This is "normal", Mike.
When we try to get ahold of "a file", there's a fair bit of communication involved.
* Do we have it in the local cache, yes/no?
* Does a peer have the file (and all the handshaking involved with that - yes/no?
* What about a preferred package server.
Finally, once we've downloaded the file, we need to hash it and check against the hash value it's supposed to have, to make sure it's the right one and didn't go bad. So a lot of overhead goes into timeouts, handshaking, etc. etc....
And this happens for every file. This is why wrapper-packages are very useful, because you're only doing the whole network-communication once.
There's good reasons for doing this for "every single file" (I've had instance where some PC's for instance only had 50 out of 100 files in their cache), which essentially boils down to us trying to make as sure as possible that you WILL get the right file. This does cause overhead, and "high quantities of small files" is going to be VERY much worse compared to a nice "wrapper package".
Hope this explains things to you .
I supposed the "fix" if you so want, would be using "Run From Source", which would work around all this, but then you run into all sorts of other potential problems . It's really down to what poison you prefer .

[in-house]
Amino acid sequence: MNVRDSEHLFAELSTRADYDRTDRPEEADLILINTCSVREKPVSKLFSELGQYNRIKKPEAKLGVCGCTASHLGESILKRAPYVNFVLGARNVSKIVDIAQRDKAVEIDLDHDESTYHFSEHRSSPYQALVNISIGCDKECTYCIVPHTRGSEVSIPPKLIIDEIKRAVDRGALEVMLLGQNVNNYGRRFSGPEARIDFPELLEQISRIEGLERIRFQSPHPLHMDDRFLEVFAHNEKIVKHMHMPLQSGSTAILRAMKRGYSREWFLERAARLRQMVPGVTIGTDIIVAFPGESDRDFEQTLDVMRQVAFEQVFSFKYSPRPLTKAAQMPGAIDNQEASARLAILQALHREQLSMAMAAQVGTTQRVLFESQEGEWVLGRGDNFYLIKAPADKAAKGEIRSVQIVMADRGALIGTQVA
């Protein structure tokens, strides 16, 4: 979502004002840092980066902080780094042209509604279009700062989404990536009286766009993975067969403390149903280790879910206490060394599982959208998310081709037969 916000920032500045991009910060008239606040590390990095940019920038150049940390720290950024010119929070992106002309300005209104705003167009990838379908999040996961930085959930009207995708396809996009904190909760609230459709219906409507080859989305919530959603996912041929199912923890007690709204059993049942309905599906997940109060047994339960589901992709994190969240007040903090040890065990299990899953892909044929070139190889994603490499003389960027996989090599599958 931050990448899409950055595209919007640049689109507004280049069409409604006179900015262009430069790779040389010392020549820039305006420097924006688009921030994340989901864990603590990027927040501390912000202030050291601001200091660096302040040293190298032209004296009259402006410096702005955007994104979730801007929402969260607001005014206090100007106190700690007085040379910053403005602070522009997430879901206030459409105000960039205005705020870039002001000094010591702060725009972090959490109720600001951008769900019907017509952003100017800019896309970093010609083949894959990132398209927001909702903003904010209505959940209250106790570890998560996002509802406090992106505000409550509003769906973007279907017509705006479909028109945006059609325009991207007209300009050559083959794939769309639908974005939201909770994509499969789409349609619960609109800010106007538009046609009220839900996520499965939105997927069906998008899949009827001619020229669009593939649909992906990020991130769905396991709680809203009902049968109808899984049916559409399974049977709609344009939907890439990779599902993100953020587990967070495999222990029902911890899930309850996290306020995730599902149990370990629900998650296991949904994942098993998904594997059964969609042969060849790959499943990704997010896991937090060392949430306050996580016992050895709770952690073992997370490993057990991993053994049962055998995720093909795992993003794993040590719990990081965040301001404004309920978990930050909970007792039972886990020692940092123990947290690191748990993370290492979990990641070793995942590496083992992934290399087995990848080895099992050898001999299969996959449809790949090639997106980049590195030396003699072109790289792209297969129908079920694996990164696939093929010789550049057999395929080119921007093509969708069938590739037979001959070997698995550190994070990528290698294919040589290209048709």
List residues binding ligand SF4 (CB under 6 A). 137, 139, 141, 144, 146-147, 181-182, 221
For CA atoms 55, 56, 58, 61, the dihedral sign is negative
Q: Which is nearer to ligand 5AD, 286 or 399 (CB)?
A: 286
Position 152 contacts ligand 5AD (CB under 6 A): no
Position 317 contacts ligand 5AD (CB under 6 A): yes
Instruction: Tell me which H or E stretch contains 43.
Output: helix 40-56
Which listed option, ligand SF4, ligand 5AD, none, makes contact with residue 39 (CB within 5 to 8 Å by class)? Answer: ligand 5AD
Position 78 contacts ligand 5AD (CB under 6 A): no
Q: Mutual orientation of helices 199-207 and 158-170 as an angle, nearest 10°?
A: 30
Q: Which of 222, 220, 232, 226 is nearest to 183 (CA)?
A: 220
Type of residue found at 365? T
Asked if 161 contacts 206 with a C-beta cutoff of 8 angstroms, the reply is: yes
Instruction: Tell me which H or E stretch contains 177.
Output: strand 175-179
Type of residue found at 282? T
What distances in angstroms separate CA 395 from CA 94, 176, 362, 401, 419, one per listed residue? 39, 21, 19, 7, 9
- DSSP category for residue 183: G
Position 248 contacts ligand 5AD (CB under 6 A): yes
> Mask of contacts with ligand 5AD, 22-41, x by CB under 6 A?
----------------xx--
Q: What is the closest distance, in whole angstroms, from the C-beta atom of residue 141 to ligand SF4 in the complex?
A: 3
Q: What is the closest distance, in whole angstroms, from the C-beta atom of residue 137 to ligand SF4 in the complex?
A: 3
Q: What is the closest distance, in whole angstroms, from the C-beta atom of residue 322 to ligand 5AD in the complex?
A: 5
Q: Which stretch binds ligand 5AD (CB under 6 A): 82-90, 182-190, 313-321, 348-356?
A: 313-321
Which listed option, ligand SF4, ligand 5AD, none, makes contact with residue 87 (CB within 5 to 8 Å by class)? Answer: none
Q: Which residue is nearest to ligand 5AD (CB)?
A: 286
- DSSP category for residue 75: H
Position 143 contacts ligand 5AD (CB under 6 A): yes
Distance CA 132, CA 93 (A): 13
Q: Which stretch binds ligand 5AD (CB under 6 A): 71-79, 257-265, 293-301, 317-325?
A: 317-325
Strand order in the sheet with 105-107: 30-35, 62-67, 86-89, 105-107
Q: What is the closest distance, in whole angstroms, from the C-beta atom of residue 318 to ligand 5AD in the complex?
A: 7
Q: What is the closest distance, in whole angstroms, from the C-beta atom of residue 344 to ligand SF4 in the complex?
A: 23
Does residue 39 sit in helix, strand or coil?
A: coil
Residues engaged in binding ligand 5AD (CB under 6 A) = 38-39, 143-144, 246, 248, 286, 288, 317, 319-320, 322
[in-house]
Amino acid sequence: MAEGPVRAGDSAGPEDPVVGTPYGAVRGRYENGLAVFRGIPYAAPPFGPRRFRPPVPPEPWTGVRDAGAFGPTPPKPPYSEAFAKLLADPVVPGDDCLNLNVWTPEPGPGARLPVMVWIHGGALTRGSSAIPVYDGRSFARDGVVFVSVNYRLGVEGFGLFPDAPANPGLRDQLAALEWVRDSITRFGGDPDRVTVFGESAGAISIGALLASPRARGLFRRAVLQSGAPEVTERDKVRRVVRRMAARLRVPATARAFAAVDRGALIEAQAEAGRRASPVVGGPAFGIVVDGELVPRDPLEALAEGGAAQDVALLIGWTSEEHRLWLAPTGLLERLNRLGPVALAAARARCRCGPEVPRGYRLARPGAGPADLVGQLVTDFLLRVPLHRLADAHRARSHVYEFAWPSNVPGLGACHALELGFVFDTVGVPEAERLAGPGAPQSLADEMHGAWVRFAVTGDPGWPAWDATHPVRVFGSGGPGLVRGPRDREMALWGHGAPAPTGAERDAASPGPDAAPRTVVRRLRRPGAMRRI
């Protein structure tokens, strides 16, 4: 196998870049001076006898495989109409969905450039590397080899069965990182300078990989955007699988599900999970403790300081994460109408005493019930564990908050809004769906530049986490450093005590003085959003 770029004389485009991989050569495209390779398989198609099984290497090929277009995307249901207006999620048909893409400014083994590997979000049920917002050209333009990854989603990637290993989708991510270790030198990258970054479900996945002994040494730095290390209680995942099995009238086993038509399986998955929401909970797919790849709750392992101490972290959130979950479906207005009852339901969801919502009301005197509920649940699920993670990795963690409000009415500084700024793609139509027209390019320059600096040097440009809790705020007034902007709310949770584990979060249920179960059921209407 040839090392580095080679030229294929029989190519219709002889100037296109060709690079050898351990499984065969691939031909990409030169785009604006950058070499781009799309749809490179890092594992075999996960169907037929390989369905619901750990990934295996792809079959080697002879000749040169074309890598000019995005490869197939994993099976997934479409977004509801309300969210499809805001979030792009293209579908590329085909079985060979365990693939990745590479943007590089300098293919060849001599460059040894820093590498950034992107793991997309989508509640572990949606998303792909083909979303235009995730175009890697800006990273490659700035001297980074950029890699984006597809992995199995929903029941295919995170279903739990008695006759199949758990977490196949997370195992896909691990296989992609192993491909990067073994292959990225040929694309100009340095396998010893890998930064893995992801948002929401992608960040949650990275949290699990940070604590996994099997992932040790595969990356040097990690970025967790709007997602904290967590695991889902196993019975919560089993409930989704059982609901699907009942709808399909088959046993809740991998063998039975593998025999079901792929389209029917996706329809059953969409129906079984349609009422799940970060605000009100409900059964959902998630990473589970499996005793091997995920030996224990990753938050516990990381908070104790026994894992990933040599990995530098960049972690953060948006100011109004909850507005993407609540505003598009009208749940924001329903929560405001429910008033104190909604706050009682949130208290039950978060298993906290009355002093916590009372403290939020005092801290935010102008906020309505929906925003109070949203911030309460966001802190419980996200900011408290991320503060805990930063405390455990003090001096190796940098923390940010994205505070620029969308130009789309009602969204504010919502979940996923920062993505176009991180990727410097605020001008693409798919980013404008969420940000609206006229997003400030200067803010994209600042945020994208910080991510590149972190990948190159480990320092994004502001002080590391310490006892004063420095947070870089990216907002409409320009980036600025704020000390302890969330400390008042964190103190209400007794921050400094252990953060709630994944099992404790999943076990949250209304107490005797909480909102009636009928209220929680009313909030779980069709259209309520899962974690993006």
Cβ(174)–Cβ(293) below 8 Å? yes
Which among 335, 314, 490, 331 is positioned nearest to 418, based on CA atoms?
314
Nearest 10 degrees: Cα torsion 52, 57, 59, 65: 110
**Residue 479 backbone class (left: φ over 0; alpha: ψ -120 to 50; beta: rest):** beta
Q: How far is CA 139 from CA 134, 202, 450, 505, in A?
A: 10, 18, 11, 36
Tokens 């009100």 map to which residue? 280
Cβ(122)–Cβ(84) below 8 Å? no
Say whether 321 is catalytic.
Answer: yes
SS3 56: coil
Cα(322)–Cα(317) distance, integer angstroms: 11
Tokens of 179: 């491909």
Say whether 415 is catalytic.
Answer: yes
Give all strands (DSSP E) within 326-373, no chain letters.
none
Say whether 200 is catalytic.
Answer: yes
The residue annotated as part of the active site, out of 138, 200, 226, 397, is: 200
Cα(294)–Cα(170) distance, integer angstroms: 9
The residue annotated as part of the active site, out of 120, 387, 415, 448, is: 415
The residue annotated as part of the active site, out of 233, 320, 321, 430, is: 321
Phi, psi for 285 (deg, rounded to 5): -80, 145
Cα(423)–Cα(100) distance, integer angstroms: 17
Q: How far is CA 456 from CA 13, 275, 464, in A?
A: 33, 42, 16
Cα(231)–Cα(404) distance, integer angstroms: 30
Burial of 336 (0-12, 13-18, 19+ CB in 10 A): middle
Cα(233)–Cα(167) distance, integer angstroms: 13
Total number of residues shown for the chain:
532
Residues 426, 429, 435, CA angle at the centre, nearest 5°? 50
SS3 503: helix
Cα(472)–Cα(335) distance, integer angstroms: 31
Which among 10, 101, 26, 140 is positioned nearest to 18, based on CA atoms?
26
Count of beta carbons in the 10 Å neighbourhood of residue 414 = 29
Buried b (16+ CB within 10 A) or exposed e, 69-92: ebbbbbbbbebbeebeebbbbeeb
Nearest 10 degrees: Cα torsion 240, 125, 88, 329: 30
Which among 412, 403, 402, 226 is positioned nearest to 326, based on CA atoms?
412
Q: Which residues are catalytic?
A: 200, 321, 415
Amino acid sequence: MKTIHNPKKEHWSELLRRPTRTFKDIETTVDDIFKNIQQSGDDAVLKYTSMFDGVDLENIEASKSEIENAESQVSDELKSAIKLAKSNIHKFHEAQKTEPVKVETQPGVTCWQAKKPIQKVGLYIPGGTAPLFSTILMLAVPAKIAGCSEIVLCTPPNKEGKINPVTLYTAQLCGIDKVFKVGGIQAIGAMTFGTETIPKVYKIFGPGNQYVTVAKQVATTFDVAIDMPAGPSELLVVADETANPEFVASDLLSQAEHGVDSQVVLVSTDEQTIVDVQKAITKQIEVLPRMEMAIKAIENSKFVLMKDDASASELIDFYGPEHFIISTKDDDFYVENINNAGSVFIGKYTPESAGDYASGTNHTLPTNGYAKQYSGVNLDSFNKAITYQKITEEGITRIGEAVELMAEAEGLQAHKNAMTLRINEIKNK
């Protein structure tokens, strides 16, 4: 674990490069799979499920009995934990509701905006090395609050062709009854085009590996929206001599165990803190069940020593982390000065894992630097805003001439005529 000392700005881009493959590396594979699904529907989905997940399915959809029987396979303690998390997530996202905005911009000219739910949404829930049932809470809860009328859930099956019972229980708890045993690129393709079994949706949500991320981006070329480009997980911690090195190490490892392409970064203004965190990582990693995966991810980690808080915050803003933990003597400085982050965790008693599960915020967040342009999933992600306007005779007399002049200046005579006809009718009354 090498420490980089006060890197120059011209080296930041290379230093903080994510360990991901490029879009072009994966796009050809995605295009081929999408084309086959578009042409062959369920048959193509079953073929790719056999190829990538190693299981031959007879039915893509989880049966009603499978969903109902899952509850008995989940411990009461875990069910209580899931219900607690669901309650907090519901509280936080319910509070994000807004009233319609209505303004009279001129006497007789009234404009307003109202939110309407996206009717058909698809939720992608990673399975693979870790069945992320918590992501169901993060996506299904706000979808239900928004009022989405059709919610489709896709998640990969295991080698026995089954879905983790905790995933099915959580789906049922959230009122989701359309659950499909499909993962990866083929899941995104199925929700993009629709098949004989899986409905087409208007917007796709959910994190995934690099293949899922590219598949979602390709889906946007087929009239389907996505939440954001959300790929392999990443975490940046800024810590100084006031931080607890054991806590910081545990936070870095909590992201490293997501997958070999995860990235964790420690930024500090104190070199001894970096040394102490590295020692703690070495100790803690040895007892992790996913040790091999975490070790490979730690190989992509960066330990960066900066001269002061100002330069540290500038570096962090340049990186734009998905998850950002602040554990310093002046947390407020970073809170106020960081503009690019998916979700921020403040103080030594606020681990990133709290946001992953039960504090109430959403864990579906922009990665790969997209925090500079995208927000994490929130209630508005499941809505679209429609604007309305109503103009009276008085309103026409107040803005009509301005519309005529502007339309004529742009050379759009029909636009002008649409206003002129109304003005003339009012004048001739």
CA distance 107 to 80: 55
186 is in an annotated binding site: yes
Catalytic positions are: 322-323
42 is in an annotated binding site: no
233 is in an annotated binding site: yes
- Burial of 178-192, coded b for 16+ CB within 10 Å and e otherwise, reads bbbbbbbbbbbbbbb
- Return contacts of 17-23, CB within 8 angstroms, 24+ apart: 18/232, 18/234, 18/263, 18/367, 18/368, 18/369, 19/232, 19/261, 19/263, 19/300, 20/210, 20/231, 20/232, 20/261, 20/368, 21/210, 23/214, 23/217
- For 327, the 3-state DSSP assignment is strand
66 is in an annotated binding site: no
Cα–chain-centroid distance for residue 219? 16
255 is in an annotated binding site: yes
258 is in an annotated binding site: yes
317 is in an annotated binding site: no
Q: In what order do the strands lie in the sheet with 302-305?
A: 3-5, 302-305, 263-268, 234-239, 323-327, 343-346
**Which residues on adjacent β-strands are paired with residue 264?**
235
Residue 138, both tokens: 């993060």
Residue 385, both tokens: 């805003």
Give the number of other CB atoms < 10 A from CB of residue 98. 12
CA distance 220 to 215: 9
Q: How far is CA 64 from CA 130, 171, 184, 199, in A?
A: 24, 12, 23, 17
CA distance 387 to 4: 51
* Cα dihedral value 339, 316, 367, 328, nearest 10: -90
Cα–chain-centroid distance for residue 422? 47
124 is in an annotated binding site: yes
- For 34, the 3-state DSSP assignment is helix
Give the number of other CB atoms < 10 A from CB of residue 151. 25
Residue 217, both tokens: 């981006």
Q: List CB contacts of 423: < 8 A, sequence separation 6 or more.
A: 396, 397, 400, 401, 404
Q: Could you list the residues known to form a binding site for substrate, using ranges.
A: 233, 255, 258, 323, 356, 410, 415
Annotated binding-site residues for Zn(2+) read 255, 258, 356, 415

LANDesk EMEA Technical lead
In which case, the ability to create multi-stage tasks encorporating up to 3 different software packages is limited because if you try to use self-extracting archives, it will start to process the subsequent package after the first one completes extracting, not when it has completed the install. Is there anyway of introducing a delay between the processing of the different packages?
Batch file based installs, come to mind (with the compressed packages being additional files).
They run perfectly sequentually, and allow you to run things in the order you want.
Unless I'm oversimplifying and somehow being a plank and thus missing what you're talking about (it being Friday afternoon - quite possible) .
LANDesk EMEA Technical Lead